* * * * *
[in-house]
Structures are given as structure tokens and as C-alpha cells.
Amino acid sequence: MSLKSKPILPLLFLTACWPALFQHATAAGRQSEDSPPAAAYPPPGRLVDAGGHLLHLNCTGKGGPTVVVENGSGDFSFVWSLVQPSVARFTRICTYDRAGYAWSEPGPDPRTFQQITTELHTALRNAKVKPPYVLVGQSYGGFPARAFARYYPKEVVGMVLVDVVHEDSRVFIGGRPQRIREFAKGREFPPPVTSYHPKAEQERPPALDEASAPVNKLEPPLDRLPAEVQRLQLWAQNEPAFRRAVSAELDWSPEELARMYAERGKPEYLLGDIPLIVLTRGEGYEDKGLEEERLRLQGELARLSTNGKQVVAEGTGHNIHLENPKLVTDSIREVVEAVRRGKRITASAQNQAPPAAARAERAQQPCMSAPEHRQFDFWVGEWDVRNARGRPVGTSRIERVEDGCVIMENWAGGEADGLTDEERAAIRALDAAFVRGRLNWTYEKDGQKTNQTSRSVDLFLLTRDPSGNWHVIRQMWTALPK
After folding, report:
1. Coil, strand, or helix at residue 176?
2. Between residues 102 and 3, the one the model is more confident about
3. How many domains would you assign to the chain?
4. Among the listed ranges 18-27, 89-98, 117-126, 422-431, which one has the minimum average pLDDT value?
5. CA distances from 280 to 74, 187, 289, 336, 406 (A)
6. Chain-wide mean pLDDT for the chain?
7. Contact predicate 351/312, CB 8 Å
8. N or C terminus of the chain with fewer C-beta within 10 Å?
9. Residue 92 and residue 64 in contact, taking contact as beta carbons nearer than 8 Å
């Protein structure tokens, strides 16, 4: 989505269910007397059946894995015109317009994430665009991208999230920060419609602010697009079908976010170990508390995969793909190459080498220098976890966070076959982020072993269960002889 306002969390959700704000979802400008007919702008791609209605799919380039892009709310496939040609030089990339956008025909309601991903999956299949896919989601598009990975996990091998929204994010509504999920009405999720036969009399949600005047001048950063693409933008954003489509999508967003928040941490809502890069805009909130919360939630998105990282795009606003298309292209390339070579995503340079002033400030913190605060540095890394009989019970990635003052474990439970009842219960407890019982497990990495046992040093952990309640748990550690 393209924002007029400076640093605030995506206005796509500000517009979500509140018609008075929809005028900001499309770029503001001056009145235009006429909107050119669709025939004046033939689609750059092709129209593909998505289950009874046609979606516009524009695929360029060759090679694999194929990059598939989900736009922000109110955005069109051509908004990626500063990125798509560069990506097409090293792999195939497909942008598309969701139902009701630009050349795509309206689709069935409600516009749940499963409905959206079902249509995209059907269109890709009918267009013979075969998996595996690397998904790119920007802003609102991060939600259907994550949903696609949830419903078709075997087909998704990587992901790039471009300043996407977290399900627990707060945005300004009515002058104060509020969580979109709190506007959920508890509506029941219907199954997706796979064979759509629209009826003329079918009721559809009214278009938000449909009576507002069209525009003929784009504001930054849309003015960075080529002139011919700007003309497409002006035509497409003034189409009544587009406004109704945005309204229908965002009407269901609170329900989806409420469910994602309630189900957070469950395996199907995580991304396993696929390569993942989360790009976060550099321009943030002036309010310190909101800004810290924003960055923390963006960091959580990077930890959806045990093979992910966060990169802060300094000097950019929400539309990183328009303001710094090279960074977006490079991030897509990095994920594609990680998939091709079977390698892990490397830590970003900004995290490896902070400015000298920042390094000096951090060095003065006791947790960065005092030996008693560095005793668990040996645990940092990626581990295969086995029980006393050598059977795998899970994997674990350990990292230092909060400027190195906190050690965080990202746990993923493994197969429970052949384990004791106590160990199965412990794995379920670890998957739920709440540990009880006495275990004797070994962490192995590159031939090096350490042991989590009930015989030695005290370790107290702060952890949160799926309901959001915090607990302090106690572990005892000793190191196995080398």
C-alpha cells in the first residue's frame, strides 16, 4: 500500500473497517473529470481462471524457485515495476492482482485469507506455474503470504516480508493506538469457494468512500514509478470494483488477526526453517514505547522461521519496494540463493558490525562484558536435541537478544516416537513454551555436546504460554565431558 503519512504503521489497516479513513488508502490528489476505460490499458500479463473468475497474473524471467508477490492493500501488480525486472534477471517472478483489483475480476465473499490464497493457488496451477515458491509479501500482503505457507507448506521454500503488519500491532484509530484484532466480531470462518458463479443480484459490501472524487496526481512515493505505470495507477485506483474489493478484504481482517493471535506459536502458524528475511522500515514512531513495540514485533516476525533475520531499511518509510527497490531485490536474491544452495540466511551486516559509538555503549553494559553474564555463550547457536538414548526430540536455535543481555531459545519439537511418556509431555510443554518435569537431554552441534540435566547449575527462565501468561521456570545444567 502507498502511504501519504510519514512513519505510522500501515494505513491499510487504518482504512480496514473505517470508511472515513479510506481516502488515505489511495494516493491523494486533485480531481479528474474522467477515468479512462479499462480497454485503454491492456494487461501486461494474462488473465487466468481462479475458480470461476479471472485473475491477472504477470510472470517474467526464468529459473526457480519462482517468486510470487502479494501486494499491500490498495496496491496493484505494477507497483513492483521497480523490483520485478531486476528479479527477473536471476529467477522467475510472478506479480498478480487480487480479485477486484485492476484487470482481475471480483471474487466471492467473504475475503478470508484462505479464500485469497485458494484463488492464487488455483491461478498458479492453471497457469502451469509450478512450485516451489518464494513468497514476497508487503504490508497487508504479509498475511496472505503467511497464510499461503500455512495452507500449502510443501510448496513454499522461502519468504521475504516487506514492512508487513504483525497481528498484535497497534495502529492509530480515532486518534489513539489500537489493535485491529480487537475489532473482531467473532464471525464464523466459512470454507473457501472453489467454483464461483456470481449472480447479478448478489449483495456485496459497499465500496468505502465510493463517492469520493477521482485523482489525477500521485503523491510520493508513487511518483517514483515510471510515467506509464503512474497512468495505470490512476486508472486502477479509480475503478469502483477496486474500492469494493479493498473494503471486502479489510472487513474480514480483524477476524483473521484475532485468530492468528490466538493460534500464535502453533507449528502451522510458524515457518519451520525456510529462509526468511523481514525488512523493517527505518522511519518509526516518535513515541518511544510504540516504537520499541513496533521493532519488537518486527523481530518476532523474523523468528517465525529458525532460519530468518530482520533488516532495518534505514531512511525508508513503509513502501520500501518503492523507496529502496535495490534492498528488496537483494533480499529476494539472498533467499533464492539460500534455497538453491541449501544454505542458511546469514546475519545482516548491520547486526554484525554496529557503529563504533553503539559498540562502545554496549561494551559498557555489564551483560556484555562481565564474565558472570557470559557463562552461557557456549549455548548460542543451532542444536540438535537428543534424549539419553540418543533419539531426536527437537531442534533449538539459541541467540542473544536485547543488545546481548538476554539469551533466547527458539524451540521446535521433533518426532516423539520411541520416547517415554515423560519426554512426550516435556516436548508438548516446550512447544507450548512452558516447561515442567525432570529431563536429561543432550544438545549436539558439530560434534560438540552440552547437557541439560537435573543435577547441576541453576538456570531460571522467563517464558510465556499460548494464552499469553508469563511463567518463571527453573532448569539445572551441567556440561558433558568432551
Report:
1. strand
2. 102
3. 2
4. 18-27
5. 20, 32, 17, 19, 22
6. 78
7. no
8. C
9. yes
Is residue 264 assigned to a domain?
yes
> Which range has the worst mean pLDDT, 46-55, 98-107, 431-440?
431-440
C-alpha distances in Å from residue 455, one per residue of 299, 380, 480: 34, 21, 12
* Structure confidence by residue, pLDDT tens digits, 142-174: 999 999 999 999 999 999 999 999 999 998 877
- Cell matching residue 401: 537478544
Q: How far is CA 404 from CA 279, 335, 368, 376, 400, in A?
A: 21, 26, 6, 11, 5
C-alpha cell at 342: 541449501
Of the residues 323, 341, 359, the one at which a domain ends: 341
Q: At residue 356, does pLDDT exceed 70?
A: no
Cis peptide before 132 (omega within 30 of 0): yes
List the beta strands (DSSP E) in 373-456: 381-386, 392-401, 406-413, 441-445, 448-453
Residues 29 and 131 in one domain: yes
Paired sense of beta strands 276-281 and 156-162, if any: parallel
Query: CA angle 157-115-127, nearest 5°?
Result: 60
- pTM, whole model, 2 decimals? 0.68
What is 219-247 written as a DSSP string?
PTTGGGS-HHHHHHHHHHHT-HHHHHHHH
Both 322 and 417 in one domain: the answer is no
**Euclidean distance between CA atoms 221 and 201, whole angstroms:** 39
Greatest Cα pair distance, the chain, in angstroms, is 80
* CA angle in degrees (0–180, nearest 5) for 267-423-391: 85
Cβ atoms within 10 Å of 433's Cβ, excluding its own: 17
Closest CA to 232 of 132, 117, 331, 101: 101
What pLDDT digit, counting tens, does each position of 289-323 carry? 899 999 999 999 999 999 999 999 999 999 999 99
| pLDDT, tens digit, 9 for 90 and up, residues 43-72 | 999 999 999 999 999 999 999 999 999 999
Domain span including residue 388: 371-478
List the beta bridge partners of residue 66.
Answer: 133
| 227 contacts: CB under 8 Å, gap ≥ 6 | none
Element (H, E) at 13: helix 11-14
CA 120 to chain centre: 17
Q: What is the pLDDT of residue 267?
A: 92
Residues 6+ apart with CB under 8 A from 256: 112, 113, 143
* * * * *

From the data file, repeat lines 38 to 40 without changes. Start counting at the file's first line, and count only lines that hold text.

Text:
A: no
Cis peptide before 132 (omega within 30 of 0): yes
List the beta strands (DSSP E) in 373-456: 381-386, 392-401, 406-413, 441-445, 448-453